Escuer was looking for solution that could contributed to circular economy in the sector, so the hardwood charcoal she used in the experiment is a byproduct of a local company's charcoal produce.
"They ship the larger portions of charcoal to the store, where we purchase them for the grill. Nonetheless, a small amount remains, and they must find a purpose for it." Escuer says. Therefore, substituting even the smallest amount of peat with biochar has environmental benefits.
Cocoa beans and grass clippings
While Escuer experimented with biochar as a peat fertilizer for the young, just emerging plants in the container, for the open fields she used mulching with other organic and inorganic materials. "We used kraft paper, light gravel, grass clippings, pine bark, cocoa bean shells and peat in the experiment," she said.
Of all the media she has tried, Escuer recommended using a mixture of lawn-cutting residues and cocoa shells. "Both of these decompose quickly. The husks provide phosphorus-potassium, while the grass clippings provide more nitrogen and magnesium," she explained.
Cocoa bean shells may be expensive, but they have a place in smaller private gardens, or even in the soil of a plant grown in a container. "Mulch has the same impact in a container as it does in an open field: less watering is required, the soil temperature is better regulated, and the sun dries the soil less," she explained.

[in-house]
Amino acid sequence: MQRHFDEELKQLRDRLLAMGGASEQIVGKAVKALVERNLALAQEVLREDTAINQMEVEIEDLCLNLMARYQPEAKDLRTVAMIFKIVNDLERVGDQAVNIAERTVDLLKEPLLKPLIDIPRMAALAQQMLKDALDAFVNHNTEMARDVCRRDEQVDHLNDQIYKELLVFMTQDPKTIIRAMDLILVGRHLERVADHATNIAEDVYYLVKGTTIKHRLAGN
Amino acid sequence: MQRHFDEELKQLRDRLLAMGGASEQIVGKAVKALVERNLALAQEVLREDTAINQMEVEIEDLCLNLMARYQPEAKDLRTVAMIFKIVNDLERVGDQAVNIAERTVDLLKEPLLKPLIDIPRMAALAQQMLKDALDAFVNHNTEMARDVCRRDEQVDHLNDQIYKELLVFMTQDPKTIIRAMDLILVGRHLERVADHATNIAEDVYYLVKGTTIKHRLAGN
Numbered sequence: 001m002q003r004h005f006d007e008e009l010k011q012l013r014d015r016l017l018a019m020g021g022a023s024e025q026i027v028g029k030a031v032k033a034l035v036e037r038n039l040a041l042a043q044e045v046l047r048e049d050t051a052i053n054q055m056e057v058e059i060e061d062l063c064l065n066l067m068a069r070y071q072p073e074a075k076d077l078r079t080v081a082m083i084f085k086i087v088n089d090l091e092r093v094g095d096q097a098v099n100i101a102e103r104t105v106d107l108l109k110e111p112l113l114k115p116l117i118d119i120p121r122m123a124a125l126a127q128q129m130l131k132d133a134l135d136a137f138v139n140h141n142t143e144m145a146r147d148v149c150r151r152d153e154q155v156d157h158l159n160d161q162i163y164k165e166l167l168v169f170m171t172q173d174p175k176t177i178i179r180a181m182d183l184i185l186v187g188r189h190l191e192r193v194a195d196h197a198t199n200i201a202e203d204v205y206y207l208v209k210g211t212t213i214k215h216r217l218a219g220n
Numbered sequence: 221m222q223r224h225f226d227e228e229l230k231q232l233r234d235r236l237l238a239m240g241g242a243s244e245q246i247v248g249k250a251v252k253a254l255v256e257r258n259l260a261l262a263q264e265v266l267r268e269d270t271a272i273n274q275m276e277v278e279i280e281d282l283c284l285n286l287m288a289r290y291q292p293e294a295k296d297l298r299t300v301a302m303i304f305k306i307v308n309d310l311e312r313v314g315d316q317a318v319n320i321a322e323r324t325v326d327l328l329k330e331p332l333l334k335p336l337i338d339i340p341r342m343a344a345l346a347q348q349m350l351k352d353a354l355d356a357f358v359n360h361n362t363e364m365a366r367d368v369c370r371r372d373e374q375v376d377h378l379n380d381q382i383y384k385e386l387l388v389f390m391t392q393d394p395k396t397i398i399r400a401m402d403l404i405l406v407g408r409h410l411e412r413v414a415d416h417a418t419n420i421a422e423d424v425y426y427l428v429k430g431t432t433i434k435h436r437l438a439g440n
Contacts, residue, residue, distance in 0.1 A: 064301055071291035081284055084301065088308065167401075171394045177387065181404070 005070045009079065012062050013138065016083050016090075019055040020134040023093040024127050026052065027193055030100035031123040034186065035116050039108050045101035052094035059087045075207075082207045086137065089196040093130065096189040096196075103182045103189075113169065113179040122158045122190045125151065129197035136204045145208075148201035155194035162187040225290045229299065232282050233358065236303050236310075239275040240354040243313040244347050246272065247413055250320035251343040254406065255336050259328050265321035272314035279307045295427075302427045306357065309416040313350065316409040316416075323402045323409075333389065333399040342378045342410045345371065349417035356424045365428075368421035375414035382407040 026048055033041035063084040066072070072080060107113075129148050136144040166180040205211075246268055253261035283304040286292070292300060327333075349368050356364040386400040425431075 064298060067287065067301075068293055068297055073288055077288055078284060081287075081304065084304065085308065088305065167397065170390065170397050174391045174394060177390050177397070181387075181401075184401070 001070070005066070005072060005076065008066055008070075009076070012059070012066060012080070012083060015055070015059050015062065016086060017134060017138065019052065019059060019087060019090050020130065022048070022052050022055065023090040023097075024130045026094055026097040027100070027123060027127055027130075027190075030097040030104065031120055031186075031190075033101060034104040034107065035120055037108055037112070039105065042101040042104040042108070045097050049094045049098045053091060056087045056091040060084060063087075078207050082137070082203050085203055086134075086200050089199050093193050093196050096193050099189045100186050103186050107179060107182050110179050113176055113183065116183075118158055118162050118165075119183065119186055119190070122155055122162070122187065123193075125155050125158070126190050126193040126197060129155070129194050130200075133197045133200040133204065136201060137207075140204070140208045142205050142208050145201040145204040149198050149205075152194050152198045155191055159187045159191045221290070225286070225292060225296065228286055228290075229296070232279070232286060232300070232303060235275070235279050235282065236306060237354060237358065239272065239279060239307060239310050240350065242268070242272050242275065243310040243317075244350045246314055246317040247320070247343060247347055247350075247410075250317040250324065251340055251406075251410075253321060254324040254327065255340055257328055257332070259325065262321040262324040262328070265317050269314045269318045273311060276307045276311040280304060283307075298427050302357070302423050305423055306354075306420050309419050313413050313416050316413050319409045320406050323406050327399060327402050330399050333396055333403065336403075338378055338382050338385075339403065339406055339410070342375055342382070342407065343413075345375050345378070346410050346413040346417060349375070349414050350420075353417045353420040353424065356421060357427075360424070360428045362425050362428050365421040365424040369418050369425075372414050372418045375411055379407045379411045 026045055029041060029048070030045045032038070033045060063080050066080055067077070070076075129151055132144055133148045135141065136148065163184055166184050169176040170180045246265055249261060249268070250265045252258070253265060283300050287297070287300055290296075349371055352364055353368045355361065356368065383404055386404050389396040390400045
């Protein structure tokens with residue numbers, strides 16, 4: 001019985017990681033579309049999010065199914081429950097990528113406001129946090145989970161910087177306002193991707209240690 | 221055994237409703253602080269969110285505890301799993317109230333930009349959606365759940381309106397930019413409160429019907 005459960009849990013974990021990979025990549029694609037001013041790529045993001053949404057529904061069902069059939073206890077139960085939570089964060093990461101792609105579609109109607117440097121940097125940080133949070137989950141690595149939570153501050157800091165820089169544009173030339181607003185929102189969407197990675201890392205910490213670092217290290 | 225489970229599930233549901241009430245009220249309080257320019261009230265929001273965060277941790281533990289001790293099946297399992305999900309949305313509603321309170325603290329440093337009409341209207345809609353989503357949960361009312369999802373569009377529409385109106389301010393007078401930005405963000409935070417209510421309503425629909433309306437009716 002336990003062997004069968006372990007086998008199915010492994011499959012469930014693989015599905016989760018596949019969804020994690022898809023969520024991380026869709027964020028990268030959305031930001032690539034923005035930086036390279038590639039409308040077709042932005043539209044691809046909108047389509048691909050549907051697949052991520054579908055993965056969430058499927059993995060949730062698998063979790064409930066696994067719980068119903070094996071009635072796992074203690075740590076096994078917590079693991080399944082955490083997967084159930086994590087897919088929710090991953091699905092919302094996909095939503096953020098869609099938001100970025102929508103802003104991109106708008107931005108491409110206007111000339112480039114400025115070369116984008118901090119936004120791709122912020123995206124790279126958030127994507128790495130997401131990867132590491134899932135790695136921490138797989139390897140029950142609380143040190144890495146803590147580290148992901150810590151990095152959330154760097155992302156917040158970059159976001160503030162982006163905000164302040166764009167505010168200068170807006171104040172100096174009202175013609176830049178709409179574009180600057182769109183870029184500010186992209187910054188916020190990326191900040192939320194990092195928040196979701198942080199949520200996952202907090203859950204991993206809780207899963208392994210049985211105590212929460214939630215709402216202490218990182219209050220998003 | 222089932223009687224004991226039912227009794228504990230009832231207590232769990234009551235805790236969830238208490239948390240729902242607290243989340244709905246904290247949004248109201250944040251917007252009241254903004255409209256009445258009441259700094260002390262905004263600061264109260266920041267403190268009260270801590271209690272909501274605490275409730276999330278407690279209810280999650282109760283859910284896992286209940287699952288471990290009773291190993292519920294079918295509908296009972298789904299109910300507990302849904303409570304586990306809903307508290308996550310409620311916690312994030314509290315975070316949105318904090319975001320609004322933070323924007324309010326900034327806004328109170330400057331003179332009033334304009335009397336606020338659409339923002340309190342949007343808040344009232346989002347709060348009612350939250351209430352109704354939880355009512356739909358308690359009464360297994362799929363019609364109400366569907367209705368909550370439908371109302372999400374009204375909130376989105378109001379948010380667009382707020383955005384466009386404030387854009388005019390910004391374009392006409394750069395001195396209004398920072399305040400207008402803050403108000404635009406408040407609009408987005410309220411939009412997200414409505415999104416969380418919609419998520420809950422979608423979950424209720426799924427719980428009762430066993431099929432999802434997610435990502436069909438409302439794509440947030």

"The primary benefit of using mulch is that it increases soil moisture, lowers soil temperature and can reduce weed infestation," she said.
However, she said, the choice of mulch depends on the soil and the plants being grown. For instance, annual summer flowers have to be digged out of the soil in the fall.
"Bark could be used with annual palnts," she said, "but I recommend to remove the bark from the soil surface before taking plants out so that the bark does not mix with the soil."
This is due to the fact that bark supplies excessive carbon to the soil. In the case of perennial flowers, however, bark mulch enhances the soil airation and minimizes the gardener's watering needs.
"I believe that more and more people are considering how to use fewer synthetic fertilizers and pesticides," she added.
Each mulching material works slightly differently: "cocoa bean shells, for example, did not significantly reduce soil temperatures when compared to pine bark and grass clippings," she said. This is due in part to pine bark's low thermal conductivity, but also to the three materials' different albedo, or ability to reflect solar radiation.
"Of course, the carbon-to-nitrogen ratio of the mulch material is a crucial consideration," she continued. When combined with soil, excessively carbon-rich mulch, for example, can produce nitrogen deficit in plants, and vice versa.
The optimal ratio for grass clippings is 25-30:1, although it can be even lower, Escuer said.
In particular, she has private gardeners in mind who can easier manage without the use of chemicals. "Clearly, it is quite challenging to replace them in large-scale production."
However, research community is leaning towards finding sustainable circular economy alternatives, she said.
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Editor: Kristina Kersa